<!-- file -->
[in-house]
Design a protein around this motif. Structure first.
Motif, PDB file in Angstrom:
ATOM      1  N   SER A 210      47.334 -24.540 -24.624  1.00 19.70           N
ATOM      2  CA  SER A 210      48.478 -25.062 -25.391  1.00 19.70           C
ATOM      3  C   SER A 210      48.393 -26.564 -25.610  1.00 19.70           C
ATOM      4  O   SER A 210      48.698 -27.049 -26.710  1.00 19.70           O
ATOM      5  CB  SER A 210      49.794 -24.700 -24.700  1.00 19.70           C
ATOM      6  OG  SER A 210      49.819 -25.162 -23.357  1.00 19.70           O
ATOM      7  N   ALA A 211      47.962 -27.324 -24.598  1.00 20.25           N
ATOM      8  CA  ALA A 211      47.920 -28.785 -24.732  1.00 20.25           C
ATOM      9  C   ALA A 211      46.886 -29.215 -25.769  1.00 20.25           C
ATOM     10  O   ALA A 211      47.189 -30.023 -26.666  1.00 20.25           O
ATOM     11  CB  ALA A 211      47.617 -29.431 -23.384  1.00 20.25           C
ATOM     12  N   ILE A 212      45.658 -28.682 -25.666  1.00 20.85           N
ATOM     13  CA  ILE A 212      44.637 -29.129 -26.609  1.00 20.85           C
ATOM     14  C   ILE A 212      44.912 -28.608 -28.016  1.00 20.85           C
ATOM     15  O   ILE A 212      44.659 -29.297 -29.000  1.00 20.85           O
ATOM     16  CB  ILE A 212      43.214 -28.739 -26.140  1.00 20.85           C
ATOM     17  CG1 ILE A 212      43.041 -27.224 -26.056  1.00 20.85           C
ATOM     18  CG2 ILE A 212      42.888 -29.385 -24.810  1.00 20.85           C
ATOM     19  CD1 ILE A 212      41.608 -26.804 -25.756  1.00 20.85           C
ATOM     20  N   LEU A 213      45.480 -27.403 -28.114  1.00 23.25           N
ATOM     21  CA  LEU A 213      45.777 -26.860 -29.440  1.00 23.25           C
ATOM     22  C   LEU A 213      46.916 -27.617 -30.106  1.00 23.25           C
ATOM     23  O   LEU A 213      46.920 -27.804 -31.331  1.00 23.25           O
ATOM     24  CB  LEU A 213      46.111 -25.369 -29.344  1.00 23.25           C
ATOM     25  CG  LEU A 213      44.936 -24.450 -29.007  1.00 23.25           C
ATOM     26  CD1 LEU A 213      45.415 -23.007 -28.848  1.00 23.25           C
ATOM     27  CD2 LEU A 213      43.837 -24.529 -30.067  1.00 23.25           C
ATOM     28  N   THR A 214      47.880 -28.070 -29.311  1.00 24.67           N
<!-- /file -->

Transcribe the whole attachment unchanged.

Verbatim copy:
[in-house]
Design a protein around this motif. Structure first.
Motif, PDB file in Angstrom:
ATOM      1  N   SER A 210      47.334 -24.540 -24.624  1.00 19.70           N
ATOM      2  CA  SER A 210      48.478 -25.062 -25.391  1.00 19.70           C
ATOM      3  C   SER A 210      48.393 -26.564 -25.610  1.00 19.70           C
ATOM      4  O   SER A 210      48.698 -27.049 -26.710  1.00 19.70           O
ATOM      5  CB  SER A 210      49.794 -24.700 -24.700  1.00 19.70           C
ATOM      6  OG  SER A 210      49.819 -25.162 -23.357  1.00 19.70           O
ATOM      7  N   ALA A 211      47.962 -27.324 -24.598  1.00 20.25           N
ATOM      8  CA  ALA A 211      47.920 -28.785 -24.732  1.00 20.25           C
ATOM      9  C   ALA A 211      46.886 -29.215 -25.769  1.00 20.25           C
ATOM     10  O   ALA A 211      47.189 -30.023 -26.666  1.00 20.25           O
ATOM     11  CB  ALA A 211      47.617 -29.431 -23.384  1.00 20.25           C
ATOM     12  N   ILE A 212      45.658 -28.682 -25.666  1.00 20.85           N
ATOM     13  CA  ILE A 212      44.637 -29.129 -26.609  1.00 20.85           C
ATOM     14  C   ILE A 212      44.912 -28.608 -28.016  1.00 20.85           C
ATOM     15  O   ILE A 212      44.659 -29.297 -29.000  1.00 20.85           O
ATOM     16  CB  ILE A 212      43.214 -28.739 -26.140  1.00 20.85           C
ATOM     17  CG1 ILE A 212      43.041 -27.224 -26.056  1.00 20.85           C
ATOM     18  CG2 ILE A 212      42.888 -29.385 -24.810  1.00 20.85           C
ATOM     19  CD1 ILE A 212      41.608 -26.804 -25.756  1.00 20.85           C
ATOM     20  N   LEU A 213      45.480 -27.403 -28.114  1.00 23.25           N
ATOM     21  CA  LEU A 213      45.777 -26.860 -29.440  1.00 23.25           C
ATOM     22  C   LEU A 213      46.916 -27.617 -30.106  1.00 23.25           C
ATOM     23  O   LEU A 213      46.920 -27.804 -31.331  1.00 23.25           O
ATOM     24  CB  LEU A 213      46.111 -25.369 -29.344  1.00 23.25           C
ATOM     25  CG  LEU A 213      44.936 -24.450 -29.007  1.00 23.25           C
ATOM     26  CD1 LEU A 213      45.415 -23.007 -28.848  1.00 23.25           C
ATOM     27  CD2 LEU A 213      43.837 -24.529 -30.067  1.00 23.25           C
ATOM     28  N   THR A 214      47.880 -28.070 -29.311  1.00 24.67           N